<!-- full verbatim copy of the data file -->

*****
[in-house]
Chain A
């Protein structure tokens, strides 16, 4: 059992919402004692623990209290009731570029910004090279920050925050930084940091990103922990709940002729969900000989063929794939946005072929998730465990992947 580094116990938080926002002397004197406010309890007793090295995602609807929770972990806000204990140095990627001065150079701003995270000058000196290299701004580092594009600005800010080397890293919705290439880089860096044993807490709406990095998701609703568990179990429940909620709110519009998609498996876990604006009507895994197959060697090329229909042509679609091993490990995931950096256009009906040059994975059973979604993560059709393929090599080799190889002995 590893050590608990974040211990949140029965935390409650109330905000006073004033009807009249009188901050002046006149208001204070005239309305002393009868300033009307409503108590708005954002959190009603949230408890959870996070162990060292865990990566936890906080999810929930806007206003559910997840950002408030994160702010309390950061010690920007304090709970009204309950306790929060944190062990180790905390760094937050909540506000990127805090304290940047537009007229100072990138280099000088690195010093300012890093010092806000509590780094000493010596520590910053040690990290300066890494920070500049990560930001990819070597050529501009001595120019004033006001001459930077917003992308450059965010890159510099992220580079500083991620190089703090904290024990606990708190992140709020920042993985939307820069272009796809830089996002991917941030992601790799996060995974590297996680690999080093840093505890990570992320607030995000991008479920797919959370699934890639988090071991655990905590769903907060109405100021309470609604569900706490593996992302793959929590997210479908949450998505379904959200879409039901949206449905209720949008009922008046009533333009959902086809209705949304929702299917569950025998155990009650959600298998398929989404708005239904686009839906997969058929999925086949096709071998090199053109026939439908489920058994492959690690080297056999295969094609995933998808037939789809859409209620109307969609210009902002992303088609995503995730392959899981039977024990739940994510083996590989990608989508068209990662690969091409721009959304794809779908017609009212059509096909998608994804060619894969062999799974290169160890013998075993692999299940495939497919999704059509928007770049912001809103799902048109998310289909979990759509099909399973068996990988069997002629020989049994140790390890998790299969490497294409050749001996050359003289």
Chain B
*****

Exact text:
[in-house]
Chain A
């Protein structure tokens, strides 16, 4: 059992919402004692623990209290009731570029910004090279920050925050930084940091990103922990709940002729969900000989063929794939946005072929998730465990992947 580094116990938080926002002397004197406010309890007793090295995602609807929770972990806000204990140095990627001065150079701003995270000058000196290299701004580092594009600005800010080397890293919705290439880089860096044993807490709406990095998701609703568990179990429940909620709110519009998609498996876990604006009507895994197959060697090329229909042509679609091993490990995931950096256009009906040059994975059973979604993560059709393929090599080799190889002995 590893050590608990974040211990949140029965935390409650109330905000006073004033009807009249009188901050002046006149208001204070005239309305002393009868300033009307409503108590708005954002959190009603949230408890959870996070162990060292865990990566936890906080999810929930806007206003559910997840950002408030994160702010309390950061010690920007304090709970009204309950306790929060944190062990180790905390760094937050909540506000990127805090304290940047537009007229100072990138280099000088690195010093300012890093010092806000509590780094000493010596520590910053040690990290300066890494920070500049990560930001990819070597050529501009001595120019004033006001001459930077917003992308450059965010890159510099992220580079500083991620190089703090904290024990606990708190992140709020920042993985939307820069272009796809830089996002991917941030992601790799996060995974590297996680690999080093840093505890990570992320607030995000991008479920797919959370699934890639988090071991655990905590769903907060109405100021309470609604569900706490593996992302793959929590997210479908949450998505379904959200879409039901949206449905209720949008009922008046009533333009959902086809209705949304929702299917569950025998155990009650959600298998398929989404708005239904686009839906997969058929999925086949096709071998090199053109026939439908489920058994492959690690080297056999295969094609995933998808037939789809859409209620109307969609210009902002992303088609995503995730392959899981039977024990739940994510083996590989990608989508068209990662690969091409721009959304794809779908017609009212059509096909998608994804060619894969062999799974290169160890013998075993692999299940495939497919999704059509928007770049912001809103799902048109998310289909979990759509099909399973068996990988069997002629020989049994140790390890998790299969490497294409050749001996050359003289």
Chain B